Thursday, March 25, 2010

Fighting the Status Quo with Government Reform (State Rep. Dick Adams)

Do you know how your tax dollars are being spent? According to a recent Gallup Poll, Americans believe that about 50 cents of every tax dollar are wasted. With their paychecks being squandered on a growing government, hardworking families are demanding greater transparency from their elected officials in both Washington and Columbus.

Here in Ohio, more than 120,000 jobs were lost in 2009 alone, but instead of confronting “business as usual” by improving our tax environment and controlling government waste, the Legislature raised income taxes by 4.2 percent retroactive to January 2009, imposed more than 150 new fines, fees and penalties, and increased spending by $1 billion at a time when spending should be reduced.

To save tax dollars and streamline state government, I worked to help develop the “Future of Ohio” Government Reform Package, which aims to make state government work more efficiently by reducing the waste and duplication in the provision of state services.

One of our government reform bills is House Bill 25, which would restructure Ohio’s cabinet-level departments into 11 agencies based on similar core missions. Currently, our state has 24 cabinet-level departments and more than 300 boards and task forces. Compared with only 15 federal government departments, it is clear that we can—and should—restructure our agencies to create a leaner and more effective state government.

When enacted, House Bill 25 would analyze each funding item and ensure that our government is efficient and accountable to the taxpayers, while improving the services that Ohioans need and rely on. I cosponsored this initiative because it has the potential to save the taxpayers more than $1 billion annually by keeping state government cost-effective.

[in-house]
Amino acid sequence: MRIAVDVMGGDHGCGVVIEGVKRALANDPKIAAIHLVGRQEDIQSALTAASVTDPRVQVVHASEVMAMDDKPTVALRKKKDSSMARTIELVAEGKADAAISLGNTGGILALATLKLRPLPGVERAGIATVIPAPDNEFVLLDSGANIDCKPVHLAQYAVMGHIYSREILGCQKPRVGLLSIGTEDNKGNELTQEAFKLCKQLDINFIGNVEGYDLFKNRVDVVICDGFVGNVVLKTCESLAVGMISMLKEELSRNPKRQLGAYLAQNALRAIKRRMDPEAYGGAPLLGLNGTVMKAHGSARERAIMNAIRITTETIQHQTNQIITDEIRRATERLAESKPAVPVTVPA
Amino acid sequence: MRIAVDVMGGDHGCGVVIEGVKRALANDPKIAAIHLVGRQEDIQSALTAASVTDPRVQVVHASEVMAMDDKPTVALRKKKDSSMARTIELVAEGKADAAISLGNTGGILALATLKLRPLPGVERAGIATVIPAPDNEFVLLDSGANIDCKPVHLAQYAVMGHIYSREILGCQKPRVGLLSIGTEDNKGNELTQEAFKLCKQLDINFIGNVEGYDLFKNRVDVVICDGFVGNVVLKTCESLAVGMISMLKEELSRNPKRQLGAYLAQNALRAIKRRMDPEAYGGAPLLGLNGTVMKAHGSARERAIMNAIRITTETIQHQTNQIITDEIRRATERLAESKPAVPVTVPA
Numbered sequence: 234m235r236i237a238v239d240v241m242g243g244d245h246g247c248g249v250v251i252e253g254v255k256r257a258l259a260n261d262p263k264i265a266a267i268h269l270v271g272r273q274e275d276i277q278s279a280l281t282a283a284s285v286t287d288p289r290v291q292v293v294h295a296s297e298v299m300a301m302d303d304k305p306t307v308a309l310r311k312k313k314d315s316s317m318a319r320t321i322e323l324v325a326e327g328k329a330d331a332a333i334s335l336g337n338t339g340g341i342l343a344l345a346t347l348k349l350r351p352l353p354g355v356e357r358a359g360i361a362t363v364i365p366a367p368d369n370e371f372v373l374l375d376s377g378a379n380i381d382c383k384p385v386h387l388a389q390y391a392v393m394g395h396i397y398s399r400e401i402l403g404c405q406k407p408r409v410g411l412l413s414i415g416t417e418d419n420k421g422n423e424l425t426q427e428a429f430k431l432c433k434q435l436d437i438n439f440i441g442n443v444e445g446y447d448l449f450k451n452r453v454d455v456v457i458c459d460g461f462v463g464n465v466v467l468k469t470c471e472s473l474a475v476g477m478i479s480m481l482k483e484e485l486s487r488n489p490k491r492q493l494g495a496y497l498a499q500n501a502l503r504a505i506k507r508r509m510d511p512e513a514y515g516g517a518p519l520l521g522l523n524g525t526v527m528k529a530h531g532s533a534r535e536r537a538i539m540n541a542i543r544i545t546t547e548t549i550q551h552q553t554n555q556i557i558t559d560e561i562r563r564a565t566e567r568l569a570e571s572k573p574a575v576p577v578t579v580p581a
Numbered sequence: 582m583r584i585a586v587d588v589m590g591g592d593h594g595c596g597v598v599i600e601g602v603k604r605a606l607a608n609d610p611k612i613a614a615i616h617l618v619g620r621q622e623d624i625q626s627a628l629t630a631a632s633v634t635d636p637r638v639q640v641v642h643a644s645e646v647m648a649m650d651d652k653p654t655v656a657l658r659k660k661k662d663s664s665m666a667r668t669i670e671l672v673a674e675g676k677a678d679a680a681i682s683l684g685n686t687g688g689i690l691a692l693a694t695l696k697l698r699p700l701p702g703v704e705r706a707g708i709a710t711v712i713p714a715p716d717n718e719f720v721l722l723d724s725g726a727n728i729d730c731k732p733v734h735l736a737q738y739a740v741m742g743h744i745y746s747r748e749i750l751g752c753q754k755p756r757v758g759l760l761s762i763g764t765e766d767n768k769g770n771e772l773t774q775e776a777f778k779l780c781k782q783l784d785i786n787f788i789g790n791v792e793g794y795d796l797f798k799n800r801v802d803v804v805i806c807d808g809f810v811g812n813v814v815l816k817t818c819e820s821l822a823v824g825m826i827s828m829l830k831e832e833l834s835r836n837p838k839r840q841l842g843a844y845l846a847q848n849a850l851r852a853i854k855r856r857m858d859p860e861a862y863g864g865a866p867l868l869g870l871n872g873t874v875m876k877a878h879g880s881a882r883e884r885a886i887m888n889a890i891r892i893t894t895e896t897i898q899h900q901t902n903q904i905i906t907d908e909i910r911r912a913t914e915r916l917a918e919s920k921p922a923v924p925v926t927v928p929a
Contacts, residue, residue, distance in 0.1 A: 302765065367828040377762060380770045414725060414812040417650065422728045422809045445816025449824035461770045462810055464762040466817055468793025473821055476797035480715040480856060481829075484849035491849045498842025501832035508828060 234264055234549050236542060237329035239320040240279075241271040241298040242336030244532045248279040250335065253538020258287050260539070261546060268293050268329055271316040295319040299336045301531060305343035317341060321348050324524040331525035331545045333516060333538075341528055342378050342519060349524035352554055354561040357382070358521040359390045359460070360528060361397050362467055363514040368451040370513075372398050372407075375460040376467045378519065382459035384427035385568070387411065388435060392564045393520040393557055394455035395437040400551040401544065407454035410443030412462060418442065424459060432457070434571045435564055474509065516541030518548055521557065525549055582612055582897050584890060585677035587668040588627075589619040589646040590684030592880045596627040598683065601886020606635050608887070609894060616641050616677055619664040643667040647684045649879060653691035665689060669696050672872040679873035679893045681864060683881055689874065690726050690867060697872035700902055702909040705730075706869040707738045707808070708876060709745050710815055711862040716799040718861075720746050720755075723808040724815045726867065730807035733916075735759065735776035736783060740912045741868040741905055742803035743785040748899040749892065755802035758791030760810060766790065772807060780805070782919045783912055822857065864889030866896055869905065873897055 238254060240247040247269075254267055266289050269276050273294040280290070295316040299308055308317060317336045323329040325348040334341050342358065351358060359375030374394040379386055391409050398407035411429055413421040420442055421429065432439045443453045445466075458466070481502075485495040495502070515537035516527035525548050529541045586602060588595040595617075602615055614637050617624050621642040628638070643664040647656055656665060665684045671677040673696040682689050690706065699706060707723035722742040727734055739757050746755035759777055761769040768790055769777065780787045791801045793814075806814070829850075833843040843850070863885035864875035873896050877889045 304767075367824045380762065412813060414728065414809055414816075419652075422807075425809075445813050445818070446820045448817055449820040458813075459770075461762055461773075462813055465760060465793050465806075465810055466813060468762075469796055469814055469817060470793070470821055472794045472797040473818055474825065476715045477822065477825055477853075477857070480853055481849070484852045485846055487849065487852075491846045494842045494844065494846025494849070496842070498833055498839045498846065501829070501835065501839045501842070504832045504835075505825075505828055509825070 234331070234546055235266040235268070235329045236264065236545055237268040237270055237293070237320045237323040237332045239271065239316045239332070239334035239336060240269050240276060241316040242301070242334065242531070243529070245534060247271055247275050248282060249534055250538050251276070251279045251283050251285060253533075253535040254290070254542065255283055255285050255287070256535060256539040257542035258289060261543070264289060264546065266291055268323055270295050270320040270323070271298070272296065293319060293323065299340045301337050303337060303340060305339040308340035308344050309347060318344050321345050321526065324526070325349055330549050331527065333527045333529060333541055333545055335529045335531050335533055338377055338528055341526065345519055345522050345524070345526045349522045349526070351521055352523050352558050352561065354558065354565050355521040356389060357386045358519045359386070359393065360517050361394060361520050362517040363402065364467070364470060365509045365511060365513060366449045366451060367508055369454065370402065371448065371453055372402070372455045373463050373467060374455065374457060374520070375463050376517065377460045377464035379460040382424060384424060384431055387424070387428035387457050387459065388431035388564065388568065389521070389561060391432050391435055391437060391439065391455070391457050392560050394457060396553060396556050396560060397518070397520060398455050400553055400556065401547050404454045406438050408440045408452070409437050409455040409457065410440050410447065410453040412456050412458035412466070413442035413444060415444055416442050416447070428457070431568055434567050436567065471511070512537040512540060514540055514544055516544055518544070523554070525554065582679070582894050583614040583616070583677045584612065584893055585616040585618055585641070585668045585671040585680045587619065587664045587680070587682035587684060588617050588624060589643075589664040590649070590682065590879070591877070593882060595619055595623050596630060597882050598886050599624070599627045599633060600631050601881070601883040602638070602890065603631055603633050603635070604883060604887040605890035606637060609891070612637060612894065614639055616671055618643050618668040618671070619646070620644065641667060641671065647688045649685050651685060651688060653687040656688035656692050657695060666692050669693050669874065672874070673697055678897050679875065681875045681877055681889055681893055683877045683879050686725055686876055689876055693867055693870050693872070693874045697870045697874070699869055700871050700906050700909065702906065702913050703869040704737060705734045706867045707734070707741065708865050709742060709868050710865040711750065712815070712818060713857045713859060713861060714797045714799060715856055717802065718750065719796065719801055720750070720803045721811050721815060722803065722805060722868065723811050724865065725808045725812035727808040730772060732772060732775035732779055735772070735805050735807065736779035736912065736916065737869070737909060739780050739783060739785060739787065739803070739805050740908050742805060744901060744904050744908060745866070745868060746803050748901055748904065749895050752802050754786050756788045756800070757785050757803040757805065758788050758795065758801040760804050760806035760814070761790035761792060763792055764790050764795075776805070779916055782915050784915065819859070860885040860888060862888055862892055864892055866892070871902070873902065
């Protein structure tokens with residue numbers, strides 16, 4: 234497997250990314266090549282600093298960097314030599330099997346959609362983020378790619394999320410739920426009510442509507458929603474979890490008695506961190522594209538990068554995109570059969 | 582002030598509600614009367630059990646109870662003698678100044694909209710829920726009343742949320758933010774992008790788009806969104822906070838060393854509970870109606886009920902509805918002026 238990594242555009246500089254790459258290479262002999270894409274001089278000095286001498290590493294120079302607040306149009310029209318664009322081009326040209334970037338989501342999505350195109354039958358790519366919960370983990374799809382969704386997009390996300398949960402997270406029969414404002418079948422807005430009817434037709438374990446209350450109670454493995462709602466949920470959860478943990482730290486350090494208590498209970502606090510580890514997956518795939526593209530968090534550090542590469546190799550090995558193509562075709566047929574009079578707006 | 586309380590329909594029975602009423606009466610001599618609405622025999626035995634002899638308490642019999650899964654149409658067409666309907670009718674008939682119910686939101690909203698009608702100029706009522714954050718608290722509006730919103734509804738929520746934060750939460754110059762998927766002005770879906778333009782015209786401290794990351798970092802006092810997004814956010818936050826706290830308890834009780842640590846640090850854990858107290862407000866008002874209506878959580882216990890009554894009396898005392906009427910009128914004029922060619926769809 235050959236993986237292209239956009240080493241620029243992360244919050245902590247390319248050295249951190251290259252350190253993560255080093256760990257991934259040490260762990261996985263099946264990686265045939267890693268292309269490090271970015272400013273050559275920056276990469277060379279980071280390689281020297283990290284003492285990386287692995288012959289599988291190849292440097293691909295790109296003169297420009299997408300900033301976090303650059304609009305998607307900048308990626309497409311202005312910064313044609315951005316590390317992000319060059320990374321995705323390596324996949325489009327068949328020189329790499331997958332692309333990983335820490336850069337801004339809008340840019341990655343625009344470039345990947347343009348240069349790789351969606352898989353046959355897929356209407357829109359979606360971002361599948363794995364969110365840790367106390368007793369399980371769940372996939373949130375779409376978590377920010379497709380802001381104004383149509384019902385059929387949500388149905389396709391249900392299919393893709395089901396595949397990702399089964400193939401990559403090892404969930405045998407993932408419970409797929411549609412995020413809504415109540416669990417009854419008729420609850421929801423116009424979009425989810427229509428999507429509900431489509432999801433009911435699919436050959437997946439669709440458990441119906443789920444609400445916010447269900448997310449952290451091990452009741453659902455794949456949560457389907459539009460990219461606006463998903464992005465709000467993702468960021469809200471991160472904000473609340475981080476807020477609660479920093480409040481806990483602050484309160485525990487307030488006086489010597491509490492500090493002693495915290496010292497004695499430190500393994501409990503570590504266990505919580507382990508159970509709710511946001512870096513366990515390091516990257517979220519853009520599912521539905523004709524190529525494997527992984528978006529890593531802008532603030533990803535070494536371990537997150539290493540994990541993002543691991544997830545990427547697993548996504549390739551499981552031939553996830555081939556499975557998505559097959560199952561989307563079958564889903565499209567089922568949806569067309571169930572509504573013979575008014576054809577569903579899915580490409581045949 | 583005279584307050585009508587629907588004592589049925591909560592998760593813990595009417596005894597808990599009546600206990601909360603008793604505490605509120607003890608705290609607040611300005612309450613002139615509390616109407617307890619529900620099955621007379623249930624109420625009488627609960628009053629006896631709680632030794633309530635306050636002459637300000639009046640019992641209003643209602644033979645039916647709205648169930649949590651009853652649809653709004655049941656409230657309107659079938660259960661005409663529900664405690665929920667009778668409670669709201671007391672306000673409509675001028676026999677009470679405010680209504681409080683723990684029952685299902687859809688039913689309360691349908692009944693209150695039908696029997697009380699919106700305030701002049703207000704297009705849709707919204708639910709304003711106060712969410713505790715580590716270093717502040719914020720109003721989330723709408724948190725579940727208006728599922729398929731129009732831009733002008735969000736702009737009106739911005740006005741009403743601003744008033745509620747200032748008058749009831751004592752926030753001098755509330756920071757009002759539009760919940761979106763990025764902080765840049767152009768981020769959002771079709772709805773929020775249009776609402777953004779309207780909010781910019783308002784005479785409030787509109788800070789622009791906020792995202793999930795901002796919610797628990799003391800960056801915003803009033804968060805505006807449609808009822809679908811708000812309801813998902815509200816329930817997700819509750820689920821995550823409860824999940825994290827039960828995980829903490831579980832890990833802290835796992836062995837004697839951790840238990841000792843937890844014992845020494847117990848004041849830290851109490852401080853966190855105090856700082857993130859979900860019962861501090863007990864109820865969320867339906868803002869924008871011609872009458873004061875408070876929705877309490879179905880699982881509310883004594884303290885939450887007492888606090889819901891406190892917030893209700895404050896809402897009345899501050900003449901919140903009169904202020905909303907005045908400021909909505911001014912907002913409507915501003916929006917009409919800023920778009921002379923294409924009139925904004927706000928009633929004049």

I also cosponsored House Bill 66 to help trim down government waste by creating a venue through which to identify wasteful projects and establish cost-saving measures. This bill would create a state commission similar to Ronald Reagan’s Grace Commission of 1982 to investigate waste and inefficiency. This legislation is especially important in Ohio considering the growth of state government programs and spending.

As “The People’s House,” the Ohio House should permit these and other reform ideas to receive fair consideration in committee. Although House Bills 25 and 66 have stalled in committee, I am hopeful that the House will explore these cost-saving opportunities in the coming months. After all, government accountability and fiscal discipline are concepts that we should all be able to support for the benefit of Ohio’s future.

[Richard Adams is the representative for Ohio's 79th House District, which includes all of Miami County and several townships within Darke County.]


  1. I wonder if Mr. Adams will be looking into some of this township trustee healthcare. I have heard that some of this is costing upwards $10,000 a year per trustee. My roads don't get fixed, but money can be put on township or township employees health insurance.

  2. I don’t know what it cost for the trustee’s but I think even worse that paying for it while they are a trustee, if they are there for 2 or maybe 4 terms, I believe they get it from then on, after they retire or loose the election. I think that is the big draw card for being a trustee…


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